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Ministers and ParliamentAccountability in Theory and Practice$
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Diana Woodhouse

Print publication date: 1994

Print ISBN-13: 9780198278924

Published to Oxford Scholarship Online: October 2011

DOI: 10.1093/acprof:oso/9780198278924.001.0001

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Comparative Perspectives on Accountability and Constitutional Reform

Comparative Perspectives on Accountability and Constitutional Reform

(p.264) (p.265) 13 Comparative Perspectives on Accountability and Constitutional Reform
Ministers and Parliament


Oxford University Press

Previous chapters examined the reform of the select committee system and the changes within the civil service, both of which have an impact upon the operation of ministerial responsibility. A significant feature of these reforms, which were conceived and executed independently of each other, is that they have been undertaken in isolation from wider concerns about public accountability. Indeed, while the reform of the select committee system at least engendered debate about the possible implications for ministerial accountability, the changes in the structure and operation of the civil service have not been related to any consideration of the constitution. Public accountability has not been on the agenda for reform or even discussion. There has been no overall perspective on, or theory of, accountability nor any attempt to co-ordinate management reforms and constitutional requirements.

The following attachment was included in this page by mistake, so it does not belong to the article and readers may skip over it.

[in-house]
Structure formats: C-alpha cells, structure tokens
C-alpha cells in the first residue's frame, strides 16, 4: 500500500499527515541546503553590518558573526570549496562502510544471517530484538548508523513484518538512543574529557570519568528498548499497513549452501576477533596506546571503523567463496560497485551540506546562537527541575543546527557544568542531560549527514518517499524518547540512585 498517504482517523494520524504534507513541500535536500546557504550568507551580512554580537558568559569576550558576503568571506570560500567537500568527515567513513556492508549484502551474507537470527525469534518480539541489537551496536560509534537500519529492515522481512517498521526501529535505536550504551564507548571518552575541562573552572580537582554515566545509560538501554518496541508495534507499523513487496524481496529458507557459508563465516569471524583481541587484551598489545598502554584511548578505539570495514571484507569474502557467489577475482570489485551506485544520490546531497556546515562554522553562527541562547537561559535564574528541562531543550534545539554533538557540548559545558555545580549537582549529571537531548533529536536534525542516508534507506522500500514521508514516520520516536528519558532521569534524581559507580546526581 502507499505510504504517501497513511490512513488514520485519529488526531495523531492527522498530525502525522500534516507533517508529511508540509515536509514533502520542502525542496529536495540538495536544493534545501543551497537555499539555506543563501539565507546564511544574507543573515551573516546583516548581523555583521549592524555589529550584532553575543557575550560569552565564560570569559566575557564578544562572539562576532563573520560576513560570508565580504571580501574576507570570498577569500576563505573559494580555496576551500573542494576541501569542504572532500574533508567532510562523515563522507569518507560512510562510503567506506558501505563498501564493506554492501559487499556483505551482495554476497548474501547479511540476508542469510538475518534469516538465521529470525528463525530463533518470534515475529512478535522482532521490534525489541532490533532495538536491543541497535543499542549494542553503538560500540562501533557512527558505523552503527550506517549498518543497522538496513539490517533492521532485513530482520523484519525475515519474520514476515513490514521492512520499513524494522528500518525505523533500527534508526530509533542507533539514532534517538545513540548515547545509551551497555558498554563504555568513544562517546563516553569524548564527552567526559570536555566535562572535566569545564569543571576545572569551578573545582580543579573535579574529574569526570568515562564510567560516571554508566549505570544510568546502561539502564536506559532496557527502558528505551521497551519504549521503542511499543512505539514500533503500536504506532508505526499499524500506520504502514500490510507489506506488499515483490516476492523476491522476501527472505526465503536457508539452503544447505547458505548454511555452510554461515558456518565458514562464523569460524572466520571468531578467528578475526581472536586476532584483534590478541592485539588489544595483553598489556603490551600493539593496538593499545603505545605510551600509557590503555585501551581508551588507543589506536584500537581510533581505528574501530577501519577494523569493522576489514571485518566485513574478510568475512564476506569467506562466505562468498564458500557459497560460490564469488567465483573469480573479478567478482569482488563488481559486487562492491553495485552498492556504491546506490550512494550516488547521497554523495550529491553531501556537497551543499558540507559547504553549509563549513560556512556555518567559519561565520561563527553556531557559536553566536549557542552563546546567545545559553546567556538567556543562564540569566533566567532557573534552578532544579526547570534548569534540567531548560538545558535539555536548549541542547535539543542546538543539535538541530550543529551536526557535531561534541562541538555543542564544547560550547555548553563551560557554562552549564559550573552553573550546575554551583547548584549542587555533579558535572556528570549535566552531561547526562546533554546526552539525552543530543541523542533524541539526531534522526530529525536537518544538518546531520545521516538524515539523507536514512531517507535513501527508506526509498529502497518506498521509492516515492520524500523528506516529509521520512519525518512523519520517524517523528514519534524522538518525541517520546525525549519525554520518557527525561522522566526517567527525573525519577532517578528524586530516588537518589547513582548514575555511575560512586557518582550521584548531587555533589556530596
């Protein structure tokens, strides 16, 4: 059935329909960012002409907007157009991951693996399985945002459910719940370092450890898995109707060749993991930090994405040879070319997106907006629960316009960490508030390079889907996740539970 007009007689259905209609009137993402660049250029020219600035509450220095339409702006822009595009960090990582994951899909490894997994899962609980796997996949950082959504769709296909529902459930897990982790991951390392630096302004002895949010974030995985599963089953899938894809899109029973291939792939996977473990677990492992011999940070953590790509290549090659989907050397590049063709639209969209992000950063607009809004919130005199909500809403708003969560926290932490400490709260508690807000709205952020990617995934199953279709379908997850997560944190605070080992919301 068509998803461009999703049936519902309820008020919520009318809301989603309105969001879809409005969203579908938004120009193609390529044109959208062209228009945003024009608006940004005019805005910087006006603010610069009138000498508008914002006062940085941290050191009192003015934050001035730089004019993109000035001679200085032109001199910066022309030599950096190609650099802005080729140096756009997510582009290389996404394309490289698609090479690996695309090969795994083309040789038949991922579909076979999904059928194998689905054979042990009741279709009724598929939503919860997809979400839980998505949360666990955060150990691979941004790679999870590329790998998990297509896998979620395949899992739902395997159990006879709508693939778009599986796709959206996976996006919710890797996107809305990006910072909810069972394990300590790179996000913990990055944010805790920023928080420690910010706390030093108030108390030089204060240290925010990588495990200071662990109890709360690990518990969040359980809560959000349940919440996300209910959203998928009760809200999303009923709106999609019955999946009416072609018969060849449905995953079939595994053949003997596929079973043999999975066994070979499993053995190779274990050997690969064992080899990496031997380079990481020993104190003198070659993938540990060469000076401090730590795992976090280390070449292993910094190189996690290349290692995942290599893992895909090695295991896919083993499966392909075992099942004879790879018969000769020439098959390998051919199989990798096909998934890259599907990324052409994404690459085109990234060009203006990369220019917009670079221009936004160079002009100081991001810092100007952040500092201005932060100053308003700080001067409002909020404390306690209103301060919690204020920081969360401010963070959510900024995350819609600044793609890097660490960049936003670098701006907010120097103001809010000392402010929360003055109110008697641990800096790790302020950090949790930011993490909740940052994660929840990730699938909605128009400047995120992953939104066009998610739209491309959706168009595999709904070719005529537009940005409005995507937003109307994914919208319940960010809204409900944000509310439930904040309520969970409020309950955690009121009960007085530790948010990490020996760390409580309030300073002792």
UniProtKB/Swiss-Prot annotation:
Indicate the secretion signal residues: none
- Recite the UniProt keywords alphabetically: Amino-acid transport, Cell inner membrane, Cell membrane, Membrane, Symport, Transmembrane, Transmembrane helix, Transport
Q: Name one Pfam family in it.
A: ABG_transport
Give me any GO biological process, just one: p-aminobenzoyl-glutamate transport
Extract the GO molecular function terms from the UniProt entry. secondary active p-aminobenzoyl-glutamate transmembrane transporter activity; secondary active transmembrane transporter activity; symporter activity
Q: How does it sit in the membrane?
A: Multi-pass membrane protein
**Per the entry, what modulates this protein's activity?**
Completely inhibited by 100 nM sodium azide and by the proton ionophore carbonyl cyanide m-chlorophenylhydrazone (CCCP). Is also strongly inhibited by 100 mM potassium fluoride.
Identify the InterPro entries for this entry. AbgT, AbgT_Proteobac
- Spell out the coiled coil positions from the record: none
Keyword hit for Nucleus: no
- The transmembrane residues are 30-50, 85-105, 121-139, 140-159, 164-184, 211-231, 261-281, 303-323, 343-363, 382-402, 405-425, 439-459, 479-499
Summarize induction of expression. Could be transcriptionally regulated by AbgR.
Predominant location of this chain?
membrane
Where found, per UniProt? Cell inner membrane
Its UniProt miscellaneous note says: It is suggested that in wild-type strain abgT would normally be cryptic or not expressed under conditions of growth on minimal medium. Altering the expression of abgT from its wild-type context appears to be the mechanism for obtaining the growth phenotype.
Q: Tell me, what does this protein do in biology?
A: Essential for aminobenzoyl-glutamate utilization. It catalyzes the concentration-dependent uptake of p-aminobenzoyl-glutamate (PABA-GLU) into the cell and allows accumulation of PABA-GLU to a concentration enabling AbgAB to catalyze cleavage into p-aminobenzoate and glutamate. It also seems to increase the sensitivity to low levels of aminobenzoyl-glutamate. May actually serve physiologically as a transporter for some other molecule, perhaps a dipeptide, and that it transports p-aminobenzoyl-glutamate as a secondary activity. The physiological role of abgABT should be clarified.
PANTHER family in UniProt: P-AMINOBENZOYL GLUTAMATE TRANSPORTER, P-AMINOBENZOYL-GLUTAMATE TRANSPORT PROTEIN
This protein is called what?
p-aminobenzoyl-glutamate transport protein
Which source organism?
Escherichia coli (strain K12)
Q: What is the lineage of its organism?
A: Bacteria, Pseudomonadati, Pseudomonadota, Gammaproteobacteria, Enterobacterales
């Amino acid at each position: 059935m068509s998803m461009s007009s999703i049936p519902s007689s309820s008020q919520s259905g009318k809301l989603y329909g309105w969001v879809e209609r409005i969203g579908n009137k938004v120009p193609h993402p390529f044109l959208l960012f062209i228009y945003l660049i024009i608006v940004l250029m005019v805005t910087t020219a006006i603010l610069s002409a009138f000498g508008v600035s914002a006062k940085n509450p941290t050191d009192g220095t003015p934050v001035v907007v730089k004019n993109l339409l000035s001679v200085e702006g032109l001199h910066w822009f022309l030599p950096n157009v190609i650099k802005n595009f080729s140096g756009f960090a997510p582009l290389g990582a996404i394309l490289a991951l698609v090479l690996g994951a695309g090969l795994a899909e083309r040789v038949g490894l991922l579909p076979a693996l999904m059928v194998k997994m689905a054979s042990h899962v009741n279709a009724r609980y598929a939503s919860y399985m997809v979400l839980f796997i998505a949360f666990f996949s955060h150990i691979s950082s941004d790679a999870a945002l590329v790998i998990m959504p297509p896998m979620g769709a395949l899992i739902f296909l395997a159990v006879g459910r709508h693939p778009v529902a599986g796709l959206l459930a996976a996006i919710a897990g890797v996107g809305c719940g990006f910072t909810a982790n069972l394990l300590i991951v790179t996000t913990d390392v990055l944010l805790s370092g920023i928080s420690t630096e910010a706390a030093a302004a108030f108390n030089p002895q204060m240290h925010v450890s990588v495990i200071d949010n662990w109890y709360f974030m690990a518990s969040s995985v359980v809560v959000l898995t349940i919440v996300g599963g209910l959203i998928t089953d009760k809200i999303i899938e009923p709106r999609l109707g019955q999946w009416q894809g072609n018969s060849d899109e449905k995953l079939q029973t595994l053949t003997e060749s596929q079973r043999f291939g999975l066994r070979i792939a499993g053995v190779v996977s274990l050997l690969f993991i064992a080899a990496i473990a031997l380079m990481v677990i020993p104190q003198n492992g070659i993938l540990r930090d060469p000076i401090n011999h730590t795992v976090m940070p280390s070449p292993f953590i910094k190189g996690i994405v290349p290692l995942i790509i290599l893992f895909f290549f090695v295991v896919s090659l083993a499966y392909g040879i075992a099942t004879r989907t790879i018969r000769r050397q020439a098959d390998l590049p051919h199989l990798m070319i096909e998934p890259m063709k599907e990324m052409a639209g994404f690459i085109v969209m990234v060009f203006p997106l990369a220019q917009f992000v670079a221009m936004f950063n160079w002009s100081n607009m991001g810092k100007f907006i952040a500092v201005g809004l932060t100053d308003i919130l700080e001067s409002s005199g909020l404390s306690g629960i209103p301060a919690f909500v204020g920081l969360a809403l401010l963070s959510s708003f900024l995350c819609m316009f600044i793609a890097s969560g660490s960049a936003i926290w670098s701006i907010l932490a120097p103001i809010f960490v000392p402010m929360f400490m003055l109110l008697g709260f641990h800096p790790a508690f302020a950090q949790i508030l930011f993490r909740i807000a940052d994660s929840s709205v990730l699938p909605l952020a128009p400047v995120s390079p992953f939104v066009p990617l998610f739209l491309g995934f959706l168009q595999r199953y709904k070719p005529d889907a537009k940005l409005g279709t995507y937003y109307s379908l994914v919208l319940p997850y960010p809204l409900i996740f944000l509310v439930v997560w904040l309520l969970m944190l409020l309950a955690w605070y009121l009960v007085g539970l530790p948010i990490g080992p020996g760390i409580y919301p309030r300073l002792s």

Keywords:   select committee system, civil service, ministerial responsibility, constitutional reform, public accountability, Parliament

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